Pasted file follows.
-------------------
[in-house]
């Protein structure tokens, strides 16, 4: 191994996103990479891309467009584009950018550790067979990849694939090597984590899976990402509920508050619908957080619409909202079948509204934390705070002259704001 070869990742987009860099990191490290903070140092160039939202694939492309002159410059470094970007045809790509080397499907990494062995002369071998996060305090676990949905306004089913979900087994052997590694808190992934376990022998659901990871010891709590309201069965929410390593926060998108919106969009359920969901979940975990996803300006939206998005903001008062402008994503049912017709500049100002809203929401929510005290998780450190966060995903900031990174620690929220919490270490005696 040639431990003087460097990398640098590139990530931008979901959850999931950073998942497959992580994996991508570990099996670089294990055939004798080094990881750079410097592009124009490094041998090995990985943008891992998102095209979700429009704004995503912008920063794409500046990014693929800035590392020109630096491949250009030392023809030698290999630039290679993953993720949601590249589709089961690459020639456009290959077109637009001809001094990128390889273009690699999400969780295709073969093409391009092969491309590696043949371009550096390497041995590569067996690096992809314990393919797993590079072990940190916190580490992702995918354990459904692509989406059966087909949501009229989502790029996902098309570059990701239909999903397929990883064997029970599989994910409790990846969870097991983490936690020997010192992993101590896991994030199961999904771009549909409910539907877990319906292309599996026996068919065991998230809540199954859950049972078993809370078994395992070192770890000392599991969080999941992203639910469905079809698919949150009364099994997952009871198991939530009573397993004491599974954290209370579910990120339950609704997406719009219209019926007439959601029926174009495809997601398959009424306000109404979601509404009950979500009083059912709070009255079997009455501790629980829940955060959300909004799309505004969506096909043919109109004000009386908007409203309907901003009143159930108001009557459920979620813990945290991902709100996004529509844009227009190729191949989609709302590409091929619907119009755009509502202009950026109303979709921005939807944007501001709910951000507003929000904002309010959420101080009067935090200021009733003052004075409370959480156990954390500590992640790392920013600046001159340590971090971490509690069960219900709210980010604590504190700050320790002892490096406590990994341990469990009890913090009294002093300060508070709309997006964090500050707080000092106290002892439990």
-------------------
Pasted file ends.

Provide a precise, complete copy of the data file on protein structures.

[in-house]
């Protein structure tokens, strides 16, 4: 191994996103990479891309467009584009950018550790067979990849694939090597984590899976990402509920508050619908957080619409909202079948509204934390705070002259704001 070869990742987009860099990191490290903070140092160039939202694939492309002159410059470094970007045809790509080397499907990494062995002369071998996060305090676990949905306004089913979900087994052997590694808190992934376990022998659901990871010891709590309201069965929410390593926060998108919106969009359920969901979940975990996803300006939206998005903001008062402008994503049912017709500049100002809203929401929510005290998780450190966060995903900031990174620690929220919490270490005696 040639431990003087460097990398640098590139990530931008979901959850999931950073998942497959992580994996991508570990099996670089294990055939004798080094990881750079410097592009124009490094041998090995990985943008891992998102095209979700429009704004995503912008920063794409500046990014693929800035590392020109630096491949250009030392023809030698290999630039290679993953993720949601590249589709089961690459020639456009290959077109637009001809001094990128390889273009690699999400969780295709073969093409391009092969491309590696043949371009550096390497041995590569067996690096992809314990393919797993590079072990940190916190580490992702995918354990459904692509989406059966087909949501009229989502790029996902098309570059990701239909999903397929990883064997029970599989994910409790990846969870097991983490936690020997010192992993101590896991994030199961999904771009549909409910539907877990319906292309599996026996068919065991998230809540199954859950049972078993809370078994395992070192770890000392599991969080999941992203639910469905079809698919949150009364099994997952009871198991939530009573397993004491599974954290209370579910990120339950609704997406719009219209019926007439959601029926174009495809997601398959009424306000109404979601509404009950979500009083059912709070009255079997009455501790629980829940955060959300909004799309505004969506096909043919109109004000009386908007409203309907901003009143159930108001009557459920979620813990945290991902709100996004529509844009227009190729191949989609709302590409091929619907119009755009509502202009950026109303979709921005939807944007501001709910951000507003929000904002309010959420101080009067935090200021009733003052004075409370959480156990954390500590992640790392920013600046001159340590971090971490509690069960219900709210980010604590504190700050320790002892490096406590990994341990469990009890913090009294002093300060508070709309997006964090500050707080000092106290002892439990």